PAWTUCKET – At least Clay Buchholz’ trip to McCoy Stadium was not a complete washout – no pun intended, considering the deluge that blanketed the area all day Friday.
Not long after meeting with several reporters, and hearing the game was called off, Buchholz went out to shallow left field to play catch with pitching coach Rich Sauveur. Throwing from roughly 30 feet, the session was brief, and ended with Buchholz signing autographs for a crowd of youngsters that had gathered above the third-base dugout.
The right-hander’s quest to make what he hopes will be a one-game tune-up in the minors will now take place today, in the first game of a doubleheader that begins at 5:05 p.m. Buchholz is expected to work in the neighborhood of five innings and/or 65-75 pitches against Charlotte.
“Usually rehab assignments are about going out there and gradually building your arm strength,” Buchholz. “I haven’t stopped throwing. I’ve been throwing bullpens the whole time. I feel that my arm strength has gotten even better just by playing long toss.
“If everything goes fine (Saturday) and there’s no hiccups, I don’t see a reason (to make a second rehab start) unless they want to see me throw another game,” he said.
“Hopefully this will be my only one. I want to go out and execute to the best of my ability. This is about refining what you’ve done in game situations. Triple A and the big leagues … there isn’t that big of a difference as far as talent and everything. Just about everyone here has gotten a taste of the big leagues or are on their way to getting there.”
Buchholz is chomping at the bit to test the alterations he has made to his delivery since landing on the disabled list on May 27 with what the Red Sox called a hyper-extended left knee. More truthfully, Buchholz was placed on the shelf due to ineffectiveness (2-4 with 7.02 ERA in 10 starts with Boston this season).
“In this game, you’re judged off of results even when people say that results don’t matter. It’s about winning games and when you don’t, it has to be pointed at somebody,” he said. “I wasn’t doing my job up there in putting the team in a position to win games consistently. This is what (the rehab) is about. The only way you gain confidence is when you get back to that level and produce the results that you want.”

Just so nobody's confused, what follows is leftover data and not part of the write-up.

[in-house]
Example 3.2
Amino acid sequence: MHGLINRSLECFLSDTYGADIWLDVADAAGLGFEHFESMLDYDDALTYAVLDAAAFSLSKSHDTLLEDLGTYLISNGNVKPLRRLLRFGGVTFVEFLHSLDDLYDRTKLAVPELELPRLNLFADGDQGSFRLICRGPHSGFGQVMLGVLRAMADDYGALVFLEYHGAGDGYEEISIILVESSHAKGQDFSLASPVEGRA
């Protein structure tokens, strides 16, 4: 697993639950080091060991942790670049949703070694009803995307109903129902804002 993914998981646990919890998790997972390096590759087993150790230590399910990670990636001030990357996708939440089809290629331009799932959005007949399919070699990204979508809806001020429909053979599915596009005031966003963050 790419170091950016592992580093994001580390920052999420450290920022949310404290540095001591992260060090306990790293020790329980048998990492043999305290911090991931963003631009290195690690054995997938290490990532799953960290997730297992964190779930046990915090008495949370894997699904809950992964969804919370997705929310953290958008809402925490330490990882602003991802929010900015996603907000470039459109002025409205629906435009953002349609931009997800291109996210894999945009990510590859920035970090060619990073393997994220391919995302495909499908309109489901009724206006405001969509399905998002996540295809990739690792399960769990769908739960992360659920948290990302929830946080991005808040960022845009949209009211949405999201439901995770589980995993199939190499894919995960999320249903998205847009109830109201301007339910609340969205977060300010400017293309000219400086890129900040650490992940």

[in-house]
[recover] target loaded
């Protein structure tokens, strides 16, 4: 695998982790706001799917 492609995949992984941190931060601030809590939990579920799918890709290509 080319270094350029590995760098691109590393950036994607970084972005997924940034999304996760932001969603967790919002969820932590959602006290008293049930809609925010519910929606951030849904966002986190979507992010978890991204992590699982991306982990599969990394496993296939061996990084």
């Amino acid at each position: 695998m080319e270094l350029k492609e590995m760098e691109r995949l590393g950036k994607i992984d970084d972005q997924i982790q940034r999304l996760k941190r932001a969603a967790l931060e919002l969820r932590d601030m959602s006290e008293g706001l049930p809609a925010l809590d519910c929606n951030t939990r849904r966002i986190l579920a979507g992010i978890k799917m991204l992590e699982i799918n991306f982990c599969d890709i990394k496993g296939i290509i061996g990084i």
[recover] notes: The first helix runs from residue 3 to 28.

Not being on a strict starter’s schedule has enabled Buchholz to throw longer bullpen sessions. He says that the last three to four sessions featured in the neighborhood of 45-65 pitches along with “a little bit higher effort level than I usually throw when I’m on a five-day routine.” He also tossed a simulated game that he says yielded encouraging results.
“There’s been some more effort going into it. Bullpens are more of a touch-and-feel thing leading up to a start. When you don’t have a start to prepare for, it’s more about going out and getting game simulation,” Buchholz said.
Citing that confidence comes from positive results, Buchholz touched upon the work he’s done in the hope of resembling the pitcher that has been selected to two All-Star teams, not the pitcher who went on the disabled list with the dubious distinction of owning the highest earned run average among qualified pitchers.
“When it becomes second nature, that’s when you can bring it into a game and not have to think about it. That’s where I feel like I’m at right now,” Buchholz said. “The (tweaks) were small in what they look like but big inside the delivery. Doing one thing that’s a little off in anybody’s delivery … I was put in a position to fail from the jump.”
Working on seven days’ rest, Anthony Ranaudo will draw the mound assignment for the PawSox in the second game. On Sunday, Felix Doubront is scheduled to make his second rehab start for Pawtucket.
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